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Editor's Note: Yesterday's Wonders, Tomorrow's Problems

There's no shelter in size in the tech industry. Microsoft sits atop the software market, but its software-delivery model has lost favor.
There's no shelter in size in the tech industry. Microsoft sits atop the software market, but its software-delivery model has lost favor. Cisco Systems is the king of networking, yet its software security needs attention. For customers, this amounts to more than spectator sport. Microsoft's dilemma and Cisco's challenge have implications for you, too.

Bill Gates saw it coming. With Microsoft developers hunkered down on long-term projects such as Windows Vista, nimbler companies like Google have been spinning out Web-based applications that enjoy quick uptake. Gates last week outlined a plan that puts Microsoft innovations on a faster delivery track and promises to do so without legacy licensing arrangements.

Some managers won't like the idea of Excel spreadsheets being shared via a public Web site or the loss of control when users access Microsoft applications outside a company firewall. But the flexibility inherent in Web-based software could be a breakthrough for Microsoft faithful. And creative combinations of old-school desktop software and newer Web apps are easy to imagine.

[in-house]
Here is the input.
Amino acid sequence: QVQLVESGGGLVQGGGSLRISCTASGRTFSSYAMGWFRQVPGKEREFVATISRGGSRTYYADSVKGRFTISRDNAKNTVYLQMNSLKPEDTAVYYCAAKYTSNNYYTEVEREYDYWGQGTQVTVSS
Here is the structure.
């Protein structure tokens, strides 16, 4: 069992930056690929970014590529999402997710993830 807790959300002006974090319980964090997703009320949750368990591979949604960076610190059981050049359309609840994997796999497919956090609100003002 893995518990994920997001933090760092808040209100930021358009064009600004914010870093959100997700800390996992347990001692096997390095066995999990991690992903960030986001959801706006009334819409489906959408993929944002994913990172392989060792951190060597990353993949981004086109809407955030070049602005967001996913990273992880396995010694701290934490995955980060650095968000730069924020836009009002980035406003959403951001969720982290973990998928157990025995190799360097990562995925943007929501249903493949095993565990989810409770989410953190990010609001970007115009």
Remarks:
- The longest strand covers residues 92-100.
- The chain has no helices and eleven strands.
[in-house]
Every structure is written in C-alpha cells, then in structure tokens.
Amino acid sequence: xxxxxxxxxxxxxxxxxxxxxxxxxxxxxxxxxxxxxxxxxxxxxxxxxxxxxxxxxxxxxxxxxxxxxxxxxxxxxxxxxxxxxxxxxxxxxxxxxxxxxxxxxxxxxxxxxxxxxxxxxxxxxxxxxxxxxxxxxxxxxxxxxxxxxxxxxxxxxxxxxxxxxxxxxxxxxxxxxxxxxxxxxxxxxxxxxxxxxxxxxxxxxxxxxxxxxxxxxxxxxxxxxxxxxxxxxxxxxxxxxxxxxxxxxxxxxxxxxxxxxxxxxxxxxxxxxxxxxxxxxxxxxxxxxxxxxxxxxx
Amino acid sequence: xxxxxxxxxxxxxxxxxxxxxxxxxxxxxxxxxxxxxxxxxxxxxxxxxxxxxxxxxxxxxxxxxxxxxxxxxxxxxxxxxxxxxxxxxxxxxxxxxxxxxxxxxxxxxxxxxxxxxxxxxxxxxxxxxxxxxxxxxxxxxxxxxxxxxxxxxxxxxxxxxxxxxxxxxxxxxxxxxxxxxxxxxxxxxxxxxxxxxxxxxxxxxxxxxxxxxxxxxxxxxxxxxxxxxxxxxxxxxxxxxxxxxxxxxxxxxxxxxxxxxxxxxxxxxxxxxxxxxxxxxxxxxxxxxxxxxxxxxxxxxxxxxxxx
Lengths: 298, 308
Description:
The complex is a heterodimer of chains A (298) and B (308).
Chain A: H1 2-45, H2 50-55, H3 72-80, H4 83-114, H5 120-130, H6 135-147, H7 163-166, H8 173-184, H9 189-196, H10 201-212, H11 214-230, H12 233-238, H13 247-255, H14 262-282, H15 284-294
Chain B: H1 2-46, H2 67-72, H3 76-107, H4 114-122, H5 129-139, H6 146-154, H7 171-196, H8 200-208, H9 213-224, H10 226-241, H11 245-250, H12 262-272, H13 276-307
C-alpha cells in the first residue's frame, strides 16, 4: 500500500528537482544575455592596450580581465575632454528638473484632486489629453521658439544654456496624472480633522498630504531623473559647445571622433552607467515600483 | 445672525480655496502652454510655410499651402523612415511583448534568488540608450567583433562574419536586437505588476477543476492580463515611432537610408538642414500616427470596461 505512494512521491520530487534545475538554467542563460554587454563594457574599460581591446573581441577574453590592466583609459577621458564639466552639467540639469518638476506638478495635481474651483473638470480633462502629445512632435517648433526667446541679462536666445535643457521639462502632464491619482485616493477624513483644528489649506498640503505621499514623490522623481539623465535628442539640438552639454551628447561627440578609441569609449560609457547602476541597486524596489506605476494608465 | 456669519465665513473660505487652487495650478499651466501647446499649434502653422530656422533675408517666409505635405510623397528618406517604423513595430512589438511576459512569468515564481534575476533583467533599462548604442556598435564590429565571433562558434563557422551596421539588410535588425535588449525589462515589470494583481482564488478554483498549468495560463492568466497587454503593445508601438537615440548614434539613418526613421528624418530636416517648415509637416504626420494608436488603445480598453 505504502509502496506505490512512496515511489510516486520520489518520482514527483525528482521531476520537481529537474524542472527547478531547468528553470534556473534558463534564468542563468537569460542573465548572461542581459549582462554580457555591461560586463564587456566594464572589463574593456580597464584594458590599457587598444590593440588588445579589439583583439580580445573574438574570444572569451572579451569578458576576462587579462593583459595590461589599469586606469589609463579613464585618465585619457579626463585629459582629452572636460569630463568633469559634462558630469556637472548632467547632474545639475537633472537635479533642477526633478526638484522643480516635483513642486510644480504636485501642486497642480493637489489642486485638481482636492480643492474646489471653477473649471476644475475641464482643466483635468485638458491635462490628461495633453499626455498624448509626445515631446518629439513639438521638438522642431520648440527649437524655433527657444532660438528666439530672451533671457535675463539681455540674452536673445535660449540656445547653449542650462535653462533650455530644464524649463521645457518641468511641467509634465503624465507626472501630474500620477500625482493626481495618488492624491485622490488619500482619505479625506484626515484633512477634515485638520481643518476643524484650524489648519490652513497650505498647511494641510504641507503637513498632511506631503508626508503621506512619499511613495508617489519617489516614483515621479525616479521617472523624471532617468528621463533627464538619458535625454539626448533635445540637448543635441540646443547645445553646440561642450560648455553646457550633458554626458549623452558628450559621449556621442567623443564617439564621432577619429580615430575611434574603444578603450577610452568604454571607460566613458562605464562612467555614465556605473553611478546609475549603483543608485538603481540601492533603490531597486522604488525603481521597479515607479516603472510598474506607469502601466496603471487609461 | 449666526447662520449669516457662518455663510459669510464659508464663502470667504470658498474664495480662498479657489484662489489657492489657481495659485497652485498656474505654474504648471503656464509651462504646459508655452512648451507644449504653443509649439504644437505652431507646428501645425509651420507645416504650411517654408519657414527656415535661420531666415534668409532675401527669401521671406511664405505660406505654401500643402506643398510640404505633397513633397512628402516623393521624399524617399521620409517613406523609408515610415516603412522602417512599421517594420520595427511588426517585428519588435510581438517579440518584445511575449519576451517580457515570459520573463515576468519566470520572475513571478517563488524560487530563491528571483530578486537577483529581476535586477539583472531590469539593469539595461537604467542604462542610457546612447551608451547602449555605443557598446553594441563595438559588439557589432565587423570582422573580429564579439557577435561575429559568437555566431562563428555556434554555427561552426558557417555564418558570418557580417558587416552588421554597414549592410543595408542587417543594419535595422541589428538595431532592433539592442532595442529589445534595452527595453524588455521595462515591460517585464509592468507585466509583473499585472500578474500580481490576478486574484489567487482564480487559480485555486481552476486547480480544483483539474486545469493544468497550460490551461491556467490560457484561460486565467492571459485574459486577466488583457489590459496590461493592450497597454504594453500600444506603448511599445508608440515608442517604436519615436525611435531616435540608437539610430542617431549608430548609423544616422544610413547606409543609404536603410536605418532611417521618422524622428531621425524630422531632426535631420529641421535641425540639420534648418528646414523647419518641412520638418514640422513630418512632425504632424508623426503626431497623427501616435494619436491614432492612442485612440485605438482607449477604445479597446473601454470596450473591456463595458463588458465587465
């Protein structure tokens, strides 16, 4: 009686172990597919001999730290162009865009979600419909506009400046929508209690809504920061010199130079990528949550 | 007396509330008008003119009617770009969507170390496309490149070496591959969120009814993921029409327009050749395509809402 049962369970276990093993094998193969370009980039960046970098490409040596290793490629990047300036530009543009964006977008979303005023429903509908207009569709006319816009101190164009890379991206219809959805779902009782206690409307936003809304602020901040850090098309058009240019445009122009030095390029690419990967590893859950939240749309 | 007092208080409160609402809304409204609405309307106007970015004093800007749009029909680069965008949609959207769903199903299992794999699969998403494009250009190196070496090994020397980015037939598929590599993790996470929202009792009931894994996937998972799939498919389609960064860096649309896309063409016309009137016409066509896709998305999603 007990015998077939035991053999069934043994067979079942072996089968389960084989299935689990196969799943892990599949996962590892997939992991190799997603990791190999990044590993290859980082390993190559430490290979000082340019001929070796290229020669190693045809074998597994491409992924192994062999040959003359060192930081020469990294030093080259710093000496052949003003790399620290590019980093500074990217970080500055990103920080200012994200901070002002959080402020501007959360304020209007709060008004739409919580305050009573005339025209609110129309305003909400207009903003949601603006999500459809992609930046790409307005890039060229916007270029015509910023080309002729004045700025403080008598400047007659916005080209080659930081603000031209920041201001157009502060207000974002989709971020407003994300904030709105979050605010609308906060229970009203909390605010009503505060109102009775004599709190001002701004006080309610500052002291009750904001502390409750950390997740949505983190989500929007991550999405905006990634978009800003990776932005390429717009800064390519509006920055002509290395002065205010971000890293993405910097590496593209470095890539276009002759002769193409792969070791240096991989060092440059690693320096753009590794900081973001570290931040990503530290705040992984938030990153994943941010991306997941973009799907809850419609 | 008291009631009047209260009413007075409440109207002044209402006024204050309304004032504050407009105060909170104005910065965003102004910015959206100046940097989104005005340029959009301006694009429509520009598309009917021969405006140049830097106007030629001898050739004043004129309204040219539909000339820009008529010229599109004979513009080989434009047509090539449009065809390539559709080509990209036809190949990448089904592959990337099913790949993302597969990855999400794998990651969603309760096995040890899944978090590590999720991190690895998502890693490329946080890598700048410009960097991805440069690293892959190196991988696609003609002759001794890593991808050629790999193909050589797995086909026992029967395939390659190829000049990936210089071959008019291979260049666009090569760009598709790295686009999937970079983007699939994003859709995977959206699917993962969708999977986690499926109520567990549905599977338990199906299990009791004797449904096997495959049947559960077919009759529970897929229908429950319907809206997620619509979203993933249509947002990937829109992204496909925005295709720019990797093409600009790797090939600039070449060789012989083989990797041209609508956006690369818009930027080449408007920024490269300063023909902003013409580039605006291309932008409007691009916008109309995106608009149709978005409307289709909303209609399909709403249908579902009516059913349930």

Likewise, the issue of Cisco security has been building (The Next Big Target). Researcher Michael Lynn demonstrated that Cisco's operating system was more vulnerable than many realized, and Cisco last week issued an advisory on what customers should do to protect their networks from a related threat. Unblinking diligence remains in order.

The lesson may be that yesterday's technology wonders morph into tomorrow's technology challenges. It's something many of you know all about.

John Foley
Editor
[email protected]

Stephanie Stahl will return in two weeks.

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